This does not surprise me. This is the sort of thing that comes of venturing into the forest without a plan, a map, a first-aid kit or a 20-pound bag of rice.
Considering the list of all possible outcomes, having to retrace our hike to get back to the car is about the best we could hope for.
I do not say I told you so. Out loud.
Our scoutmaster does not put much stock in things like "plans," "maps" or bags of rice. He relies on manly intuition and his sense that things rarely go wrong, and when they do, are rarely fatal.
This is known as the I haven't killed anyone yet school of risk assessment.
And so we set out for a day of exploring the woods with little more than the scoutmaster's assumptions about where the trail will lead. We are accompanied by two sixth grade girls who alternate between running too far ahead and lagging too far behind. They laugh, they hide, they send text messages back to civilization.
The trail winds through thick woods in autumn colors and is crisscrossed by horse paths. A couple of deer amble past. It is a nice walk. But after a few miles we pick up our pace, eager to reach
a Starbucks what we believe is the end of our hike. Except it's a highway. A forest preserve worker at the nature center across the road gives us a map and tells us to head back the way we came.
We head back the way we came. I'll be honest; it's not as pretty on the way back. There are an awful lot of dead leaves. Where did all this horse poop come from? I make a prediction: "At some point, the scoutmaster is going to announce that he has discovered a shortcut," I tell the girls. "We must not, under any circumstances, take the shortcut."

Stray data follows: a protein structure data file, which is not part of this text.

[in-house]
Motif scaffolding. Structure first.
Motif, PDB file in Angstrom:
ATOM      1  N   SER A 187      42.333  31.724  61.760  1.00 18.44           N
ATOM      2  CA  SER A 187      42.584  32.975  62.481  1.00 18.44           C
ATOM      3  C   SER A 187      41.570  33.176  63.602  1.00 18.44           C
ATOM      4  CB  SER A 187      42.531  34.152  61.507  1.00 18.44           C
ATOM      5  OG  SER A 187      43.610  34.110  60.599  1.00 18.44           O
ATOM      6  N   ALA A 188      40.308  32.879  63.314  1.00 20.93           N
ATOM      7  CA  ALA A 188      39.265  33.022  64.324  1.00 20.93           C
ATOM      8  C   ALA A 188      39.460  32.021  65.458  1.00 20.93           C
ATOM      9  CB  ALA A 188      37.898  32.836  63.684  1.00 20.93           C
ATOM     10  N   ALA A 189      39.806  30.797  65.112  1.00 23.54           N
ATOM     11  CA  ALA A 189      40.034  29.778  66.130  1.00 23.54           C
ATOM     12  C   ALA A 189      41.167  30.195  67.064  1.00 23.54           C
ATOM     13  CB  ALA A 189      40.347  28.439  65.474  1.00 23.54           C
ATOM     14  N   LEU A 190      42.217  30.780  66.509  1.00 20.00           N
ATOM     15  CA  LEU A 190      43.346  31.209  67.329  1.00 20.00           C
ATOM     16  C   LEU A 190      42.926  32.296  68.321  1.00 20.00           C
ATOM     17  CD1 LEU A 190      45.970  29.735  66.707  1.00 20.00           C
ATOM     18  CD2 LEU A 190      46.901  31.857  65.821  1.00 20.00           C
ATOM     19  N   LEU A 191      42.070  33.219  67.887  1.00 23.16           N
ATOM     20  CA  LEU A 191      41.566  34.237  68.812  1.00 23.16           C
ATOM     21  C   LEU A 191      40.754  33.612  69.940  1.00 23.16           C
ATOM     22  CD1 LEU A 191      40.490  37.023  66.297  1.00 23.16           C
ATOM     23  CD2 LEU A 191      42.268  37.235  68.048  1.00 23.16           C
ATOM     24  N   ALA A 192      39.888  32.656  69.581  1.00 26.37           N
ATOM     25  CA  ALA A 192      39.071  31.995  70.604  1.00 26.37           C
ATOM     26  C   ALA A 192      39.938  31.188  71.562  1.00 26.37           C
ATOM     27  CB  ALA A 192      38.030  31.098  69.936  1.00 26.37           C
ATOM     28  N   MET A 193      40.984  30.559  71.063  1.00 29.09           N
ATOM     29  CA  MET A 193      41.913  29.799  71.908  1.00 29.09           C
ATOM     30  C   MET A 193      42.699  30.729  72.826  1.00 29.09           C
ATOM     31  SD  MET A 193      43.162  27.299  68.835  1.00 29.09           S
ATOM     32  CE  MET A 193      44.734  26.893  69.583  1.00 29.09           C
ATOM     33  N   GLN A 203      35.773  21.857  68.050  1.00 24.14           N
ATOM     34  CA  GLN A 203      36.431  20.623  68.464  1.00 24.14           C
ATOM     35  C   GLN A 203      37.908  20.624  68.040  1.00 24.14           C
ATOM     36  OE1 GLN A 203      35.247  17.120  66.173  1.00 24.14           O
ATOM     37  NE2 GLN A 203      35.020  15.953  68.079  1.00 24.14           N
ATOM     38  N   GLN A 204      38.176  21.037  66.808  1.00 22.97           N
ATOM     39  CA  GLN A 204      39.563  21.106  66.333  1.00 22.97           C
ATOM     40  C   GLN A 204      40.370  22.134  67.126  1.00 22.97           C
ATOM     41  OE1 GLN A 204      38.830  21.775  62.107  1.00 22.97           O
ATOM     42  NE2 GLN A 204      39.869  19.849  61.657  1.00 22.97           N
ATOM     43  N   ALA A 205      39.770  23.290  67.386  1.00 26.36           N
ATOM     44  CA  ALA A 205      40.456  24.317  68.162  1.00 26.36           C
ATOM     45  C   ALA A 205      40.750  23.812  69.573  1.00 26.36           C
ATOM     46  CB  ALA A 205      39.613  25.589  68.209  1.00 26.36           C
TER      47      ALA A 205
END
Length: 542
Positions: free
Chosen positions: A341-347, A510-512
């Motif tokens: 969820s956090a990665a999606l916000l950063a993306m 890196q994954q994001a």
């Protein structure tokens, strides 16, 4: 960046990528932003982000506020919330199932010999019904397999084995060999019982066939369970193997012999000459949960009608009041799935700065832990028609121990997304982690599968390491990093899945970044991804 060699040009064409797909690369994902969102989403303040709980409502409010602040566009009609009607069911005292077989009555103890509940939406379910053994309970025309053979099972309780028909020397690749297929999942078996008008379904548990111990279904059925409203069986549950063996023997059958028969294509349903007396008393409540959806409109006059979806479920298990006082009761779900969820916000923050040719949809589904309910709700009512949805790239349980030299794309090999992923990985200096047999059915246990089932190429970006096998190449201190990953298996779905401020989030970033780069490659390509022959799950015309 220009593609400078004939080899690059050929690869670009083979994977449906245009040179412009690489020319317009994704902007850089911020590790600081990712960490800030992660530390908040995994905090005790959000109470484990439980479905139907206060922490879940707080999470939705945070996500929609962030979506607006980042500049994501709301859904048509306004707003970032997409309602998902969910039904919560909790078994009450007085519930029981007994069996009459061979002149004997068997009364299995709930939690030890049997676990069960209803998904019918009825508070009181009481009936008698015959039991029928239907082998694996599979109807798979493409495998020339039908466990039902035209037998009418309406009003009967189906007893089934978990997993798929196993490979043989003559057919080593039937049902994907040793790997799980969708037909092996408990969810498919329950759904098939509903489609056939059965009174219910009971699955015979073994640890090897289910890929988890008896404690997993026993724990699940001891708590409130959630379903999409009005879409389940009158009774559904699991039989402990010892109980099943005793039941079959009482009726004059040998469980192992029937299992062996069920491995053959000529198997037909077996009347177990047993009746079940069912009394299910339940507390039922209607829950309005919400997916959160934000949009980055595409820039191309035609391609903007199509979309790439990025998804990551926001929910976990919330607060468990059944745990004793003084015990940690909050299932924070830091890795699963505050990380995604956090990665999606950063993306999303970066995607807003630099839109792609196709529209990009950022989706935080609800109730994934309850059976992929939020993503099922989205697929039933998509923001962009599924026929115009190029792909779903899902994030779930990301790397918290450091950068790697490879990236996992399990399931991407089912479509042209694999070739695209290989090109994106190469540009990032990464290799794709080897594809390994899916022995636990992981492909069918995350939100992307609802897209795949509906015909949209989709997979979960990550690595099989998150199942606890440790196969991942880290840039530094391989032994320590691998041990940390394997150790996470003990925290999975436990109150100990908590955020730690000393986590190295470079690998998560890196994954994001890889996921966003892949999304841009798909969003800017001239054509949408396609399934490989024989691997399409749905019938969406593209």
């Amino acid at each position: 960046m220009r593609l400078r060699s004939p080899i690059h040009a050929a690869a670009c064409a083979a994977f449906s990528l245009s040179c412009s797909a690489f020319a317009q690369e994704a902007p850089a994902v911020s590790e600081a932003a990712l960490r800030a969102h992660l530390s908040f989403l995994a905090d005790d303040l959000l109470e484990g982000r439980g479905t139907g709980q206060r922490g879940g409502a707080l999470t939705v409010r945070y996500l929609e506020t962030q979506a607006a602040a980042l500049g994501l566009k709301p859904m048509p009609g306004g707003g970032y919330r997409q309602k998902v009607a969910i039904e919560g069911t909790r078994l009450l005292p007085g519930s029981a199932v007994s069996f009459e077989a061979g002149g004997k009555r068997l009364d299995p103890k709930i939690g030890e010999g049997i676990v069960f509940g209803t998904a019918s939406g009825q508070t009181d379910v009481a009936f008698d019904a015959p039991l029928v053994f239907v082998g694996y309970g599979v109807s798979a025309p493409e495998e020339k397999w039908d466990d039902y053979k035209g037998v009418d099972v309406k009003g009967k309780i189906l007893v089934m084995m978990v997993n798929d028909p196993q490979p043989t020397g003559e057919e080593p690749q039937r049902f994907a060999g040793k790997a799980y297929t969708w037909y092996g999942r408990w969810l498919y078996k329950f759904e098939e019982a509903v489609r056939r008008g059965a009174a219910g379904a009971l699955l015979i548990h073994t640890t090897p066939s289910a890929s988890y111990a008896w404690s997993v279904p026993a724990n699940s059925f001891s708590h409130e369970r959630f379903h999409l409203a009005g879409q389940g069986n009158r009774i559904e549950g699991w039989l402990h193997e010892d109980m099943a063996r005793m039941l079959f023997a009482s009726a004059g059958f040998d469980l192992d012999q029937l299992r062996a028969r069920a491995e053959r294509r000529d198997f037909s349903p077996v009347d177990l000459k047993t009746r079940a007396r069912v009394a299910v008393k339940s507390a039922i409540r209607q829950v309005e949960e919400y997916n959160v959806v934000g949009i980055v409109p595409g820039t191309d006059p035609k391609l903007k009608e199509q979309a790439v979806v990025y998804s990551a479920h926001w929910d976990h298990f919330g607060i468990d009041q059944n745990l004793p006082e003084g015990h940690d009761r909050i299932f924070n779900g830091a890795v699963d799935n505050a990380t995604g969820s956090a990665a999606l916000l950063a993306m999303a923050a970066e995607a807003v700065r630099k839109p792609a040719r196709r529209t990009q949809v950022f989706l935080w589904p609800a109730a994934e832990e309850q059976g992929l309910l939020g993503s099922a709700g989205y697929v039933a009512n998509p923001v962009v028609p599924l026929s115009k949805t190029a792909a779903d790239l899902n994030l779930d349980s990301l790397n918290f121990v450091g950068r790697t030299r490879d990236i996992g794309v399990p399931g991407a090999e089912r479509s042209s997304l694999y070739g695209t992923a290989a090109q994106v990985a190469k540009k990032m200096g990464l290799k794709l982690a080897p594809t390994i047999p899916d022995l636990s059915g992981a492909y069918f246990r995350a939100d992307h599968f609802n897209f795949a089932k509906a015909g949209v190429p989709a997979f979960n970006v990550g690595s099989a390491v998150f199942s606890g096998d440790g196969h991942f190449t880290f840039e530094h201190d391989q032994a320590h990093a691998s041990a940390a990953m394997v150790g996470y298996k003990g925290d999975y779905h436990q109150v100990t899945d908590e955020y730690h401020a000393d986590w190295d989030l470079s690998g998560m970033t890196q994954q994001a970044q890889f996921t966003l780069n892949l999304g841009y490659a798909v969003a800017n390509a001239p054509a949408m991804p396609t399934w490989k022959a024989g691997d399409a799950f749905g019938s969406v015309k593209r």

The girls look at me but all they hear is shortcut.
"Yay!" they say. "A shorcut!"
We are not even 20 minutes back into the wild when the scoutmaster pulls out the map and brings us to a halt at a fork in the trail. An unmarked path branches to our left.
"I think this will take us back to the parking lot," he says. "We won't have to go all the way around."
"Yay!" sing the girls. "A shortcut!"
"No," I say. "There are no trail markers." But no one can hear me. They are already skipping down the unmarked path.
There is nothing to do but follow. I know how this is going to end. "It is going to be a long walk back," I say. The scoutmaster knows too. "Trust me," he says. Again? I think.
But we are both wrong about what we will find at the end of the trail. Because the right answer, as it turns out, is a bride on a Harley. Also, the parking lot.